The funerals and burials of the deceased were elaborate shows put on by a family even at their own financial detriment. People considered the bigger and better the funeral, the more the departed had been loved, so many would go above and beyond to prove their affections.
The funeral could take place in the home or in a church. People might have a friend of the family sit with the dead for a time or have a waiting mortuary to delay the burial in case of a misdiagnosed death. In the home, there might be a viewing, but not usually in a church unless it was for a very prominent man who would attract more mourners than a house could accommodate. Sometimes people would send out an announcement that the funereal was private to deter a large attendance, but if someone did show up, no one would turn him or her away.
A family might hire a normal horse-drawn hearse or one with a glass cover so people could see inside. Carriages and mourners would follow behind the hearse in a dramatic precession down public streets to the cemetery. The family might also hire carriages for some of the attendees, and some families even hired mourners or “mutes” to walk behind the hearse in the procession.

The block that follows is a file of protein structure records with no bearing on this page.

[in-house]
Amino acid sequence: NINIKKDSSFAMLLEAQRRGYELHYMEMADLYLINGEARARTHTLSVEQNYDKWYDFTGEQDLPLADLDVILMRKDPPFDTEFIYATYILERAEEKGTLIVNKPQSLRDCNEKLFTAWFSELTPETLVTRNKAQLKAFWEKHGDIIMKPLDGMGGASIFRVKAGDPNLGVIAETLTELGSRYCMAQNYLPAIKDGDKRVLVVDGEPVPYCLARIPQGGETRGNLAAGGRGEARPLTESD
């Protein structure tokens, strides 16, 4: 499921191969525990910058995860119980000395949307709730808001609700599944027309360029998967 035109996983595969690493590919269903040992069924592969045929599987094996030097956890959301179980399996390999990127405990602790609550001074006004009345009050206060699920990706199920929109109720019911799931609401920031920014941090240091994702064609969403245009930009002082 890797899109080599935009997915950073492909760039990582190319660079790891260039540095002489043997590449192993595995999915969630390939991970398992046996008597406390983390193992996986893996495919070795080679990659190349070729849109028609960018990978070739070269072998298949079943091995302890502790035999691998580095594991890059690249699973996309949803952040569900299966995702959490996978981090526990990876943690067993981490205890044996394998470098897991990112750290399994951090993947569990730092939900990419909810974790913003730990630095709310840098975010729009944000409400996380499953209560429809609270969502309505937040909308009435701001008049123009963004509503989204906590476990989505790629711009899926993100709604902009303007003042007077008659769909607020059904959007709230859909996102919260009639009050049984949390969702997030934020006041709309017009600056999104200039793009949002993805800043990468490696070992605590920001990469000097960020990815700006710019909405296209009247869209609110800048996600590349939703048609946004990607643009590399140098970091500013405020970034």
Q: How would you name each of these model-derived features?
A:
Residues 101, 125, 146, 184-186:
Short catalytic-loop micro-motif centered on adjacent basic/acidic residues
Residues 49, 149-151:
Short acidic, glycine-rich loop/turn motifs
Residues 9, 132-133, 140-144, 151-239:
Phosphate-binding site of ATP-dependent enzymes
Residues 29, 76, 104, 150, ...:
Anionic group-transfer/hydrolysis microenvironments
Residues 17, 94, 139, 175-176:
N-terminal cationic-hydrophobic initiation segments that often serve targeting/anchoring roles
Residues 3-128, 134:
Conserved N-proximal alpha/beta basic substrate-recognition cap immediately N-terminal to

Of course the more elaborate each step of the funeral and burial, the better, so families were encouraged to purchase the most expensive coffins, elaborate head stones, mausoleums, and family plots. Further, people would buy large amount of flowers, mourning wardrobes, memorabilia including post mortem photos, known as Memento Mori, and hair jewelry made with locks of hair from the deceased.
The funeral business was a huge industry. Many historians believe the popularity of extravagance in funerals originated from the industry’s desire to make money off of the grieving. However, some historians argue that the crossover of extravagant mourning to other aspects of Victorian culture, such as literature, suggests it was much deeper than an economic and fashionable trend.
Inside The Home
The home was prepared after a death to be a quiet, dark solitude of grief. Victorians would cover the mirrors with black sheaths because women were not supposed to partake in any kind of vanity during this time as they should look dreadful from weeping. Someone would drape a piece of black velvet over the portrait of the patriarch if he had passed. They also locked the piano because no one was to play any music, and there would be no dinner parties or festivities in the house for some time. Sometimes other areas of the home were also draped or decorated with black fabric. They would drape the family carriage with black velvet too.